So, this isn’t really a book review because I’ve actually read 15 of these bad boys, but I am going to talk about my general experience with the series. I’ve spent the past month and a half immersed in Jim Butcher’s world, and I’m not gonna lie it feels really weird to be done with it (although not completely done with it, because even though 15 books is already a huge amount, the author’s nowhere near done writing). Here’s a look at all 15 book covers:
Needless to say, I am now obsessed with the Dresden files, and plan on spending the time until he comes out with the next book reading all the short stories I can find that are set in the Dresdenverse. In case you have no idea what I’m talking about with any of this, here’s a summary of book one:
Storm Front Summary (courtesy of Goodreads): Harry Dresden is the best at what he does. Well, technically, he’s the only at what he does. So when the Chicago P.D. has a case that transcends mortal creativity or capability, they come to him for answers. For the “everyday” world is actually full of strange and magical things — and most of them don’t play well with humans. That’s where Harry comes in. Takes a wizard to catch a — well, whatever.
There’s just one problem. Business, to put it mildly, stinks. So when the police bring him in to consult on a grisly double murder committed with black magic, Harry’s seeing dollar signs. But where there’s black magic, there’s a black mage behind it. And now that mage knows Harry’s name. And that’s when things start to get… interesting. Magic. It can get a guy killed.
Thoughts: Throughout the 15 books, Harry works with a host of different awesome characters, from Special Investigations cop Karrin Murphy to Knight of the Sword Michael to an actual vampire, and he battles even worse villains, from werewolves to vampires to demons and ghouls to fallen angels. A lot of the common themes are that there’s always a mystery that Harry has to figure out in a certain time period, there’s always a lot of magic being thrown around and plenty of other action scenes, and Harry gets in life-threatening danger multiple times per book.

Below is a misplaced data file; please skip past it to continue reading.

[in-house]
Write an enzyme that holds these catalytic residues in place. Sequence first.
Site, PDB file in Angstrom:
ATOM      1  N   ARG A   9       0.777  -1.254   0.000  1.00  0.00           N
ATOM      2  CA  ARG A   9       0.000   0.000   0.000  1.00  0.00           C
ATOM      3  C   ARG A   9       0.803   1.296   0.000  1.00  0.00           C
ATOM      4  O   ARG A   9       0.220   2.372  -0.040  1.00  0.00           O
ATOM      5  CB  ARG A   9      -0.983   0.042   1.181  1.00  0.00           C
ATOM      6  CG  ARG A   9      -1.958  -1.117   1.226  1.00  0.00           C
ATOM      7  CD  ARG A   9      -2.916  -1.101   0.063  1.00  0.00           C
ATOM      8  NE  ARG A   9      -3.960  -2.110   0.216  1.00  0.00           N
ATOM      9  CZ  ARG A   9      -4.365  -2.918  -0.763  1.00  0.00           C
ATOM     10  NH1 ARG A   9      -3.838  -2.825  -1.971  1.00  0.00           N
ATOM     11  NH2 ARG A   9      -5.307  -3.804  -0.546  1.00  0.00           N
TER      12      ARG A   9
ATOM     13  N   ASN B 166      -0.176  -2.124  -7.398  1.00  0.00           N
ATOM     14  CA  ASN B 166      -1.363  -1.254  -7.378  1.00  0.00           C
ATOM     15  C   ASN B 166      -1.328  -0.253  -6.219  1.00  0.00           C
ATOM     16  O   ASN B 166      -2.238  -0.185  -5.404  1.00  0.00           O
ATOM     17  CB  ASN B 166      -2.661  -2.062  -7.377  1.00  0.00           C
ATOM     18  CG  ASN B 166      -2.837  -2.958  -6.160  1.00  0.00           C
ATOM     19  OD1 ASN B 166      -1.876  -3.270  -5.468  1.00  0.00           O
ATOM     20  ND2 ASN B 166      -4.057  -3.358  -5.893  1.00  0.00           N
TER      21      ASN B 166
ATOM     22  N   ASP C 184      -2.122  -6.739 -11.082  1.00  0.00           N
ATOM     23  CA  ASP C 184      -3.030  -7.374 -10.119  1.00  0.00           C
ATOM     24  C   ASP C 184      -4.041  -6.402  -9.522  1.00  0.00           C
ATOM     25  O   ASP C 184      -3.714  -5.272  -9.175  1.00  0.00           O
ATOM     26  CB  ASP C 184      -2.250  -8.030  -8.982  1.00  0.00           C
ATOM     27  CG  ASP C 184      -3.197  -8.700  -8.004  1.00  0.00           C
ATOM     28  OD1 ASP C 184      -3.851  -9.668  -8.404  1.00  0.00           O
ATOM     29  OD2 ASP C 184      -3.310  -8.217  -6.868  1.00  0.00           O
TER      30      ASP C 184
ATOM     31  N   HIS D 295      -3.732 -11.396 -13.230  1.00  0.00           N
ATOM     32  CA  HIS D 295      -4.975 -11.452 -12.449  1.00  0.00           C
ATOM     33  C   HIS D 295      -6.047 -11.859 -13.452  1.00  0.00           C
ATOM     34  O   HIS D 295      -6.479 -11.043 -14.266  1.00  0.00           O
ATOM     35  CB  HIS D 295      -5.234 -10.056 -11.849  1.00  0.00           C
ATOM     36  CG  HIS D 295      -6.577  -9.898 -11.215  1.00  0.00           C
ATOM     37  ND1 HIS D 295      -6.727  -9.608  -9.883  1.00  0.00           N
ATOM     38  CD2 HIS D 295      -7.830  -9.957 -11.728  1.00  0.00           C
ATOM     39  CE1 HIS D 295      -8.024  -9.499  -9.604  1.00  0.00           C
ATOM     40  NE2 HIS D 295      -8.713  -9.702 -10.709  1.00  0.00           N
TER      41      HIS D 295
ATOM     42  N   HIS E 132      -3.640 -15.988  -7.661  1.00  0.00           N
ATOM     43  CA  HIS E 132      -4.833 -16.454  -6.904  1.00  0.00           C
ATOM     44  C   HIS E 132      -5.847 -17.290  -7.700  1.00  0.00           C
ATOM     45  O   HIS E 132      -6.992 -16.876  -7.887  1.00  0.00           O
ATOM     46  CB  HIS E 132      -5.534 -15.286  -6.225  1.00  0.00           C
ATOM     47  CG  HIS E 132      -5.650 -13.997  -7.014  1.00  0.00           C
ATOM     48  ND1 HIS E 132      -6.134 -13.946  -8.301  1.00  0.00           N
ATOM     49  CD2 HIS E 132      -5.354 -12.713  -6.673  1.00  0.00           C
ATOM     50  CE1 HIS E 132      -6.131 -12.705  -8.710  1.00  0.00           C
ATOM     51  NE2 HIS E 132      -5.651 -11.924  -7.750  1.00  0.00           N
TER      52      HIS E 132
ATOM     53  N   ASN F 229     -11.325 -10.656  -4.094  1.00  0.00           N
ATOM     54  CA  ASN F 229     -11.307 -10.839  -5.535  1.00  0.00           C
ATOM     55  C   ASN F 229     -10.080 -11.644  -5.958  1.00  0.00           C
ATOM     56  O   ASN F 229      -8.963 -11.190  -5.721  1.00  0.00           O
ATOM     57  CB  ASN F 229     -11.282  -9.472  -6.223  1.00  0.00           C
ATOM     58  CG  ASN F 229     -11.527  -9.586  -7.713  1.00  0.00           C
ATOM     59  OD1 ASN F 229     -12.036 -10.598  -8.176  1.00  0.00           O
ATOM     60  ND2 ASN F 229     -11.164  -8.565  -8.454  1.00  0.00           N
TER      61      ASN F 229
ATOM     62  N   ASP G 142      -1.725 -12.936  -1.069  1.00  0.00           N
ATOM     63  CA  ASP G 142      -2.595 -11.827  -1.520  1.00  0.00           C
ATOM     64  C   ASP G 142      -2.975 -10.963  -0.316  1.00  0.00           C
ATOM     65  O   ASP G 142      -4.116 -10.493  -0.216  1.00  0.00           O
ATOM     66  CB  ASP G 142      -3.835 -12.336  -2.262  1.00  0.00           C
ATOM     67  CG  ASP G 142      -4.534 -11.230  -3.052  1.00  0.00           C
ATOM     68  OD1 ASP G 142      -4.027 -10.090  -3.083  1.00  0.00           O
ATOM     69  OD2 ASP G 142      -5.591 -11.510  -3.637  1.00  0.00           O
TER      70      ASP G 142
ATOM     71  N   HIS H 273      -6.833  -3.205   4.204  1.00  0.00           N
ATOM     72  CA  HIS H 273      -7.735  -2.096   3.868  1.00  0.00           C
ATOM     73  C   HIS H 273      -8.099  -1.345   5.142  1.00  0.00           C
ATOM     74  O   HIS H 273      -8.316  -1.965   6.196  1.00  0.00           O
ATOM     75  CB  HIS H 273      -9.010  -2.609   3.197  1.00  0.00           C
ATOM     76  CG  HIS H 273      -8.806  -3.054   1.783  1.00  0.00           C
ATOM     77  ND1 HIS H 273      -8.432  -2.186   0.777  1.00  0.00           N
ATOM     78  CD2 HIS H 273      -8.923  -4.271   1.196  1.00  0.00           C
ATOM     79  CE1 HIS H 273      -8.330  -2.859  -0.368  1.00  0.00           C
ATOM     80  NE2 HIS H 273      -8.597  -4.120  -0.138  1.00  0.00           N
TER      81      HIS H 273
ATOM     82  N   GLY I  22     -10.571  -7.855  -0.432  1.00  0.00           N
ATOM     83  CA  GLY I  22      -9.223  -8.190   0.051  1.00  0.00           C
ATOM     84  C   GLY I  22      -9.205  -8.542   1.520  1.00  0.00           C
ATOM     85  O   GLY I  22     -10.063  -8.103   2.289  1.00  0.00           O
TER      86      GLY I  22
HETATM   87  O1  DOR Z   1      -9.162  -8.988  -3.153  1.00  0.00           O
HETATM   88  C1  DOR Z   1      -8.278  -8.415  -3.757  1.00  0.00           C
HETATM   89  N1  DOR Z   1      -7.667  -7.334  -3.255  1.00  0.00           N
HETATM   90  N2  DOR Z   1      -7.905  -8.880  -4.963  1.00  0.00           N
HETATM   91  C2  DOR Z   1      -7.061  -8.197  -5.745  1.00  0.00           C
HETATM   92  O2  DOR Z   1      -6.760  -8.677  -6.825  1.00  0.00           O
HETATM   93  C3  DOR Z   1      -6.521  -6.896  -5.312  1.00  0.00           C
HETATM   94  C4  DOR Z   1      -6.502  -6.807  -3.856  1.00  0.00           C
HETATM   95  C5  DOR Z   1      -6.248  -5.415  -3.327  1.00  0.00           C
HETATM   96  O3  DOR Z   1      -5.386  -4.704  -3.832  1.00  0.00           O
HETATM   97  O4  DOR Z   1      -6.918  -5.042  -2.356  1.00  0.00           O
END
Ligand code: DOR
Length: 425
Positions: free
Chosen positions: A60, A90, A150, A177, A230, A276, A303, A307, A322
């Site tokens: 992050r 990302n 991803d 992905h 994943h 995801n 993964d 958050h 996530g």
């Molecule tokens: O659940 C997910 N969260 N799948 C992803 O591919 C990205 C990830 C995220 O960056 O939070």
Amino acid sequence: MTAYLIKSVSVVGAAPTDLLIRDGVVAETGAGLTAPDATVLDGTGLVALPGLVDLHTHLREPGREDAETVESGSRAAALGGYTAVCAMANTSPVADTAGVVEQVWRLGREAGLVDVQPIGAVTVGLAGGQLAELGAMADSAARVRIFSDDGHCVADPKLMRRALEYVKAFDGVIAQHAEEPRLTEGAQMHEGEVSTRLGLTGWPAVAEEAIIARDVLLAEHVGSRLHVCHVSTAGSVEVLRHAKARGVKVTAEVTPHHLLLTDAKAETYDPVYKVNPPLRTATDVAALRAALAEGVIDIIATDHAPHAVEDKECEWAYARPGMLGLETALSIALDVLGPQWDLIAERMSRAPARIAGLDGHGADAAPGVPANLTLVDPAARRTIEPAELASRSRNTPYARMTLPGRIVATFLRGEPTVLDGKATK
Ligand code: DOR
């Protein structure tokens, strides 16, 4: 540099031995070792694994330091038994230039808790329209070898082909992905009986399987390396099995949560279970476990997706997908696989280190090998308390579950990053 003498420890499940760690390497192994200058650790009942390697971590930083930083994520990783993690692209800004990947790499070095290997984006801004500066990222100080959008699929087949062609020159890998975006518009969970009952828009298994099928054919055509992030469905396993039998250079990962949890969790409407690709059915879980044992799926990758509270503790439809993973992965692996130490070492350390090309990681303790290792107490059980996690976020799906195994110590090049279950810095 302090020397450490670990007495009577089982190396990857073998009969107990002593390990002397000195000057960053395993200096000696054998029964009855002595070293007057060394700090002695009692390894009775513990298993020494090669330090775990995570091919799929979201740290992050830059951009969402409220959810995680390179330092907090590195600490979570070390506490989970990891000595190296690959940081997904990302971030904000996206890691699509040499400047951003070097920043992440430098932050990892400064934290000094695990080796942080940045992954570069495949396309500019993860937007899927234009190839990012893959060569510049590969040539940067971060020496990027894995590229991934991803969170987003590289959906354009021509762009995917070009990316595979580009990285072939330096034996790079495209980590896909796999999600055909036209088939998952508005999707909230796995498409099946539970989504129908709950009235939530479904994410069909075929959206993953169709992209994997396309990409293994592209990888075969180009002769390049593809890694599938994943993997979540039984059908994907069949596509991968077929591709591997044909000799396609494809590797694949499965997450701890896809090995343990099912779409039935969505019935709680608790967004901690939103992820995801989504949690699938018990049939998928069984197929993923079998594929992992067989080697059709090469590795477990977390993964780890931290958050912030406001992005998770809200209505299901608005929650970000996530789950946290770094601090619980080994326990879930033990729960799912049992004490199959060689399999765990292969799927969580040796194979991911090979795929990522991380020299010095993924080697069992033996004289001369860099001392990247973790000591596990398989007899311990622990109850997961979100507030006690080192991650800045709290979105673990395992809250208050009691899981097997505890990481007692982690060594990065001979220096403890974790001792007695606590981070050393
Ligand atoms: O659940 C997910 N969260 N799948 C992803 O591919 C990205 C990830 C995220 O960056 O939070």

Some of my favorite parts of each book are how many pop culture references Harry makes. The books are set in present-day Chicago, the only difference is the existence of the supernatural. Harry loves Star Wars, and references everything from Aladdin to Monty Python to Terry Pratchett. Also, Harry’s major personality point is how sarcastic he is. He constantly has a quip, and he’ll mouth off to anyone from his best friend to a freaking god.
My favorite book in the series (I know, this could cause a ton of arguments, but here goes) is Death Masks. I couldn’t exactly tell you why, either, I just like that one the best. My favorite character, besides Dresden, though, is Molly Carpenter. But really, I think Jim Butcher does a better job than pretty much any author of introducing a ton of side characters and making you love every single one of them. Some complaints I do have about the series are that the overall storyline doesn’t seem to move very much, despite the passage of time. The first books are all very similar in terms of sequence of events, and while I was starting to get tired of that, I do like those better than the books after Changes. (Changes was a huge turning point for the series.) I could talk about the Dresden Files all day, but hopefully my rambling has intrigued you and now you’re going to go check them out! (Cause you totally should, they’re awesome.)